“The letter, as unfortunate as it is, has no basis. What evidence does he have that he was selected? If you say you were selected, you must have seen a list where your name appeared or they must have sent you a text message telling you that you were selected or you must have been given a letter of selection. The programme has several sections; one part of the programme is training, the other part is credit support to the farmers.
“We sent text messages out inviting people for the training. That is not to say all of them will be given credit support because of the resources available. Now, there is usually a second phase of it. Everybody that was profiled was certainly invited for training. That does not mean you have been selected. His name was not among those recommended not to talk of being selected.”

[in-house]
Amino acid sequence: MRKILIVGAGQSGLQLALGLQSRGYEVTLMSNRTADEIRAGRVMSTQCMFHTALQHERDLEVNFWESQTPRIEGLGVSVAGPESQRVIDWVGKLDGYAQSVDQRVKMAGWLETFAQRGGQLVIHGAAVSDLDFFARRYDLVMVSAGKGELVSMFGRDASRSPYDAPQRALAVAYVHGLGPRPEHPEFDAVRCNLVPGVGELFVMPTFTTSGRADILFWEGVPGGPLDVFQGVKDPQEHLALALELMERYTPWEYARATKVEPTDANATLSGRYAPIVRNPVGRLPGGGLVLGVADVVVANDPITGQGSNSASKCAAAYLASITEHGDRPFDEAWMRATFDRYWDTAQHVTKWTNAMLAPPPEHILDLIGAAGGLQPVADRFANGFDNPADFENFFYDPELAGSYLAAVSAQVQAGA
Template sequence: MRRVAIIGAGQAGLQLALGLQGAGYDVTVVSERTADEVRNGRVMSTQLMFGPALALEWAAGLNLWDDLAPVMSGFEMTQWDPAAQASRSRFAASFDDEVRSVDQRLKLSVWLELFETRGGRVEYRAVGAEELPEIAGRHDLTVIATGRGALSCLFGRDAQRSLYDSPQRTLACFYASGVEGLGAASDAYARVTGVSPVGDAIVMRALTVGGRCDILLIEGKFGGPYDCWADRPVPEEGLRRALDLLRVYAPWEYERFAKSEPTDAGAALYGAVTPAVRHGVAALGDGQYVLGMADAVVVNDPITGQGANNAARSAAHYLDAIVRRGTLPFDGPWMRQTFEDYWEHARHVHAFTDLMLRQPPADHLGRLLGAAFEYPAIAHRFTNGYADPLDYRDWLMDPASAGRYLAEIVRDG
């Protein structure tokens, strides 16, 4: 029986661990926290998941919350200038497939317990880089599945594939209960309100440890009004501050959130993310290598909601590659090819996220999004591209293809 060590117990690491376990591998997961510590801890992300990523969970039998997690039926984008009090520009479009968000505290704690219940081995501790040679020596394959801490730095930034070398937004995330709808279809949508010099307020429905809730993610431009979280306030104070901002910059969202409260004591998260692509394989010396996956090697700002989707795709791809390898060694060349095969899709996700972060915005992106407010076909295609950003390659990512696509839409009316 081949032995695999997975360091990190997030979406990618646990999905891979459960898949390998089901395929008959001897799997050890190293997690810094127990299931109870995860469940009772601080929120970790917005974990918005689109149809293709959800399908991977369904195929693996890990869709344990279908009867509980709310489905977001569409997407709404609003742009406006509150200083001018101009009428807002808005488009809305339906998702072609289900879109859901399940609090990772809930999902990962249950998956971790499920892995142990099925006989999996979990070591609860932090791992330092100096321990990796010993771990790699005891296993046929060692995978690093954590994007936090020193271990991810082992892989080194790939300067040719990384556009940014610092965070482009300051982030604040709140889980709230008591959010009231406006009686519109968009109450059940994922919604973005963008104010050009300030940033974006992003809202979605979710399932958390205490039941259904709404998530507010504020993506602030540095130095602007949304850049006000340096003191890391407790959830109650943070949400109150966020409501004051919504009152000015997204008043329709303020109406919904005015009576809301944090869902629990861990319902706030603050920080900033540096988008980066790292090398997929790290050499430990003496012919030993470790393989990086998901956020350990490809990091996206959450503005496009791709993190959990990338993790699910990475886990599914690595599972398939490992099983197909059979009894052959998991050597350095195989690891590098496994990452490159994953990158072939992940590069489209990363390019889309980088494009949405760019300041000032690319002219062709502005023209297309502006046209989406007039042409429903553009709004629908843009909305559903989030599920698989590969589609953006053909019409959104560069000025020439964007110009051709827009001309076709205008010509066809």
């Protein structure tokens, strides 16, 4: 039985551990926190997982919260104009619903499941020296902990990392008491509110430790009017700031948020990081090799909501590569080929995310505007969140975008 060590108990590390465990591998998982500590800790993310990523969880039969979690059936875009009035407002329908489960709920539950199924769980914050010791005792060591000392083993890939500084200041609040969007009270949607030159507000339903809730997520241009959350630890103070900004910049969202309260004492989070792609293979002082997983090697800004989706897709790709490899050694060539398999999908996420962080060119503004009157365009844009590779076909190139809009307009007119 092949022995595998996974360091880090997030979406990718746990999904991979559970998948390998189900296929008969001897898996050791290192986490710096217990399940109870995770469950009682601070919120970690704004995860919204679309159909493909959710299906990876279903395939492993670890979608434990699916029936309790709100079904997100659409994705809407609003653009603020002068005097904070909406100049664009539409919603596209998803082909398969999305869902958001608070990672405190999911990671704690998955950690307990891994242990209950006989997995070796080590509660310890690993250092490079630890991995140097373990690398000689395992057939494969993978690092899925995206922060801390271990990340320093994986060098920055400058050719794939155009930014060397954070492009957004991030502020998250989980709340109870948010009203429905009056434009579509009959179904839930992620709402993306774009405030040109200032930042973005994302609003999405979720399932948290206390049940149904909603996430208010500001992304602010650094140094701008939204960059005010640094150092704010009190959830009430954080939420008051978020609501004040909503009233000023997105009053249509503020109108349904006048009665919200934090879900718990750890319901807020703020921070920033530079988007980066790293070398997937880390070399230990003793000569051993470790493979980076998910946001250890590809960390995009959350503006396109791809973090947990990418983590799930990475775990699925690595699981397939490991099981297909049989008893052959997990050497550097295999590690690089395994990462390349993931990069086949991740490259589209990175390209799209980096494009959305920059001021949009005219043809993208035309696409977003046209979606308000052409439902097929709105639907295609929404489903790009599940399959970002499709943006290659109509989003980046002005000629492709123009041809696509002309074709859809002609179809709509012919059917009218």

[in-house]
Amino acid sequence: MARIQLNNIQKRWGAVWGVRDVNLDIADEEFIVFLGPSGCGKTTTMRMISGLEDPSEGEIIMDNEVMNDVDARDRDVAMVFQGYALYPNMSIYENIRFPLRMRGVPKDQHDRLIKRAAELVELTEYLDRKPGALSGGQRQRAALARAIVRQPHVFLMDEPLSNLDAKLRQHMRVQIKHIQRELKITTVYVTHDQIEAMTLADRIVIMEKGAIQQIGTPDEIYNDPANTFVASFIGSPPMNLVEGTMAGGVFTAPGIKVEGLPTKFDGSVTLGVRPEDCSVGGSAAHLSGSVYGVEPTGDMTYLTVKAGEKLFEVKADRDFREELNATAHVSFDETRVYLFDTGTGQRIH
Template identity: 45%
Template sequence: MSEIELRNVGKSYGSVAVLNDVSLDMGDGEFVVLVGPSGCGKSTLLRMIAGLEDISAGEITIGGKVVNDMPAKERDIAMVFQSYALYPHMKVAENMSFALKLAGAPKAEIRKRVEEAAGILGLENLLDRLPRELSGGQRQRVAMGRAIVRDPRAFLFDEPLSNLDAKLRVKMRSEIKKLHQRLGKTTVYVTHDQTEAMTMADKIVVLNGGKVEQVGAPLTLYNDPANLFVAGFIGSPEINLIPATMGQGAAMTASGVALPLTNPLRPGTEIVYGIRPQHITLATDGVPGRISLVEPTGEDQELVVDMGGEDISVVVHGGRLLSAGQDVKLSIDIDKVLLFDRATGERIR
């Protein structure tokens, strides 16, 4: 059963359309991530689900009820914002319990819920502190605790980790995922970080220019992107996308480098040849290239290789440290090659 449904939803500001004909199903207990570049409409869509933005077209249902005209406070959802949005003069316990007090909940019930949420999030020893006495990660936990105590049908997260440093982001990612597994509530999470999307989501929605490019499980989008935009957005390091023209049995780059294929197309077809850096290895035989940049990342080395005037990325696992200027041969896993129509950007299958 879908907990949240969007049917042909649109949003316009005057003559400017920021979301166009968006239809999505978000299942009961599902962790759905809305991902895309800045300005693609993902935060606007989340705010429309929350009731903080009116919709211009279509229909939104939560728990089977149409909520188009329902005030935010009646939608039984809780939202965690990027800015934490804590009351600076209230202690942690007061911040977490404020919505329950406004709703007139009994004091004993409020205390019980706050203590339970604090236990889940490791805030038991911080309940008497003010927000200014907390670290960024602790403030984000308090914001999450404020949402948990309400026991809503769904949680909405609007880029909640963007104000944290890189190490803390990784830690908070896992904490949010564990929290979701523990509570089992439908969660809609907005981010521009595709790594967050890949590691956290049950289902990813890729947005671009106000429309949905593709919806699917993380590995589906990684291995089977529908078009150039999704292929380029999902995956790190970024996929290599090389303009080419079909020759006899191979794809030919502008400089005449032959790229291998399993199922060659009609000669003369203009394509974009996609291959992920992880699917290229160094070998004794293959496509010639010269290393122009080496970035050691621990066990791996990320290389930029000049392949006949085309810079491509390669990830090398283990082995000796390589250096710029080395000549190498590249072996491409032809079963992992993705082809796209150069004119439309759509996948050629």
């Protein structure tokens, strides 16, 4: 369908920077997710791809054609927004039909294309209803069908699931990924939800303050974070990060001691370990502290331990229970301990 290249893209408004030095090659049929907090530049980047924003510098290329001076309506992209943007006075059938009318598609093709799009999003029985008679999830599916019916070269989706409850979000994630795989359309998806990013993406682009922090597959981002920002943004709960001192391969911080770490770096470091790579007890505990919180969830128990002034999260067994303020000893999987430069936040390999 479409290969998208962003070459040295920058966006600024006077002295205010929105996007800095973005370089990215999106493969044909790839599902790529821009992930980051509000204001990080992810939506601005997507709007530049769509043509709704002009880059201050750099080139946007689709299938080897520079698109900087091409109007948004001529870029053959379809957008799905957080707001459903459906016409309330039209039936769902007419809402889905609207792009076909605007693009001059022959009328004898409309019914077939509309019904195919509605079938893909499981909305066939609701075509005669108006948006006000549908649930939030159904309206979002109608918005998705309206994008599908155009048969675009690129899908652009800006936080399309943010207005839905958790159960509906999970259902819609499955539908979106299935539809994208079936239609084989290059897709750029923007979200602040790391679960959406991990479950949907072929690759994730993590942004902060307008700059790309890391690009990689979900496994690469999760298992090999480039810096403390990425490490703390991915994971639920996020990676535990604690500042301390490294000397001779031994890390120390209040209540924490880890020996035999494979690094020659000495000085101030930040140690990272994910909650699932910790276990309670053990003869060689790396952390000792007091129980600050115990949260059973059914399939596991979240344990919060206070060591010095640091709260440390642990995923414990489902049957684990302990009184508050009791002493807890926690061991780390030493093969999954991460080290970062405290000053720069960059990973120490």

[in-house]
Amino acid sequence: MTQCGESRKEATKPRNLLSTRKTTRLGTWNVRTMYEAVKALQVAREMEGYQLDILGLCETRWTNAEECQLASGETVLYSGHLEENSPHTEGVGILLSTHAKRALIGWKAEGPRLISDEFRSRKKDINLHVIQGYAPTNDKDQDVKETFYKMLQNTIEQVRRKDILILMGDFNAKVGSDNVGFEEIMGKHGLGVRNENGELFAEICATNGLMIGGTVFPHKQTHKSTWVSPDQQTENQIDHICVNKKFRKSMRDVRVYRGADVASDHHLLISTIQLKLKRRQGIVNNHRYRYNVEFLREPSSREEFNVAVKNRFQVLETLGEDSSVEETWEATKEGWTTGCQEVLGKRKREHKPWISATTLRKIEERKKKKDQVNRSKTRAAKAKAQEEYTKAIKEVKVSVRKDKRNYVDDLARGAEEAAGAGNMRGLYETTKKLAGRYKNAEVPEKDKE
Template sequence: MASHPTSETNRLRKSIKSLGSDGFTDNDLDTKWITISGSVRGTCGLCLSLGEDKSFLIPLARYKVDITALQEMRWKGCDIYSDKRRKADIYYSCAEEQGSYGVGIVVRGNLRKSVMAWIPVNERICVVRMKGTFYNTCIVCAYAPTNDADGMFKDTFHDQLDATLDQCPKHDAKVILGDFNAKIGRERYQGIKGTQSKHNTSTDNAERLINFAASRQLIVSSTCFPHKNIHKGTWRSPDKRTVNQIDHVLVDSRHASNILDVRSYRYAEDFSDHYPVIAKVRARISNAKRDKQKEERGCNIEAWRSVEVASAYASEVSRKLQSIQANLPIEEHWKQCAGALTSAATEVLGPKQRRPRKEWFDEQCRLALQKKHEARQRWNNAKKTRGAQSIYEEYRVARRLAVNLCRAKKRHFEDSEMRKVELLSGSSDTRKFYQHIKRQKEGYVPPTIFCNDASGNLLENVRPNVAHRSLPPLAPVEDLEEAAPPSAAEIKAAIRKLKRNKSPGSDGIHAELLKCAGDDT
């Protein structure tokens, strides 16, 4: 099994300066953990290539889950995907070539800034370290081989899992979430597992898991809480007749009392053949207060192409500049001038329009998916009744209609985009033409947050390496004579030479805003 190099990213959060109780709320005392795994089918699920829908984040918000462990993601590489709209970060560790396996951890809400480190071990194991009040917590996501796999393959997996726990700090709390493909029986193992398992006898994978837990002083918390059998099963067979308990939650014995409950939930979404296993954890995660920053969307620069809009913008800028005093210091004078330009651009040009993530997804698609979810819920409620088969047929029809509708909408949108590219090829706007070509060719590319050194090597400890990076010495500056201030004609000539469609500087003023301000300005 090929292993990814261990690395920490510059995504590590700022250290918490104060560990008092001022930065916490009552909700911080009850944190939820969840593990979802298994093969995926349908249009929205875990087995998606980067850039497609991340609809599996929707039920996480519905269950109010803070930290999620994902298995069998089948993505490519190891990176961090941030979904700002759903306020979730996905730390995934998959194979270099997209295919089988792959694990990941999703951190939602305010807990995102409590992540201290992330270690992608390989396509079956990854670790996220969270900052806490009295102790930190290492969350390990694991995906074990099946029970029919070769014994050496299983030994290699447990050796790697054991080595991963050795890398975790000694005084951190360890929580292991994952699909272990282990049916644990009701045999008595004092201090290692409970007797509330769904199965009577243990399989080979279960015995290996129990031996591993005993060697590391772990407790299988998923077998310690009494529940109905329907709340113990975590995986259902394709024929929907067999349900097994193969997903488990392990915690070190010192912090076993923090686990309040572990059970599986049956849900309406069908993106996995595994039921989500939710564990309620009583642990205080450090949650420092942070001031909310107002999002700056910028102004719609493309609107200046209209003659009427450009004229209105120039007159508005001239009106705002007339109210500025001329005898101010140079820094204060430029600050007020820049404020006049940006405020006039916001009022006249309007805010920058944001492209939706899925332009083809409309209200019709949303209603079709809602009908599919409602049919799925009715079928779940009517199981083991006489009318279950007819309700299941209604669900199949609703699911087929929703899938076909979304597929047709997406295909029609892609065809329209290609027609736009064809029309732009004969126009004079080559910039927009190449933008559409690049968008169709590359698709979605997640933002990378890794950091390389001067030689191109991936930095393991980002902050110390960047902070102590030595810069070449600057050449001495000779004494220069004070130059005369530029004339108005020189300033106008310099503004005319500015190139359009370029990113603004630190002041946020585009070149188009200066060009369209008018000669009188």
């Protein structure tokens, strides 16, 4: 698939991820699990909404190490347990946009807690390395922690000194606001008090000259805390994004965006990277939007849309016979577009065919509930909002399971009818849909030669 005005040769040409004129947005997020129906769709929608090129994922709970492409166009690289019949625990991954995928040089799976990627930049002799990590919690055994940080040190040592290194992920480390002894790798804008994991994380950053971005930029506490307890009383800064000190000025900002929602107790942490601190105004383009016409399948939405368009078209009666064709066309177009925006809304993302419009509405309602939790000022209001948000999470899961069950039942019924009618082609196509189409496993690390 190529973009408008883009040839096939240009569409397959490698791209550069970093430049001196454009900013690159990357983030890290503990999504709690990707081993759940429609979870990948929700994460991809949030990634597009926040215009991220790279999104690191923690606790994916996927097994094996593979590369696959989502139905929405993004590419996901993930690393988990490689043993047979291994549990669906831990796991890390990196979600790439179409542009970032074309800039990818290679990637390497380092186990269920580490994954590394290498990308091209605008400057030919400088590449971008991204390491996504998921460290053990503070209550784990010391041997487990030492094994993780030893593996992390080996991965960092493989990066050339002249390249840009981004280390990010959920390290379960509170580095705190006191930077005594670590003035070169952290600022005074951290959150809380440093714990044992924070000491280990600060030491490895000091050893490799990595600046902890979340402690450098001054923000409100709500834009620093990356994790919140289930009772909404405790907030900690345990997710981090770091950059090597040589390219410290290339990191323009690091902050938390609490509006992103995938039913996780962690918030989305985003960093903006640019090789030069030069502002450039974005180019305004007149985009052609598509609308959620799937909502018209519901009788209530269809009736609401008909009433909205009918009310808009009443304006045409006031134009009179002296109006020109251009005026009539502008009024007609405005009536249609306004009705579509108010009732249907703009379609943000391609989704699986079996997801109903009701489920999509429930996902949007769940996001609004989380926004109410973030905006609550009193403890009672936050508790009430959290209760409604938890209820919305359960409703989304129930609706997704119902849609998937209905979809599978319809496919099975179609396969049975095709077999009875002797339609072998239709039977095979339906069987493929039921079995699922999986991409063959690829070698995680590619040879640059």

“Everybody that was selected was present during the stakeholders meeting we held last week. The message to the 28 persons was specific that you have been selected for the programme and at such you are invited for a stakeholders meeting to discuss the modalities. So, those were the people that were selected. Others applied, were profiled, but did not qualify.”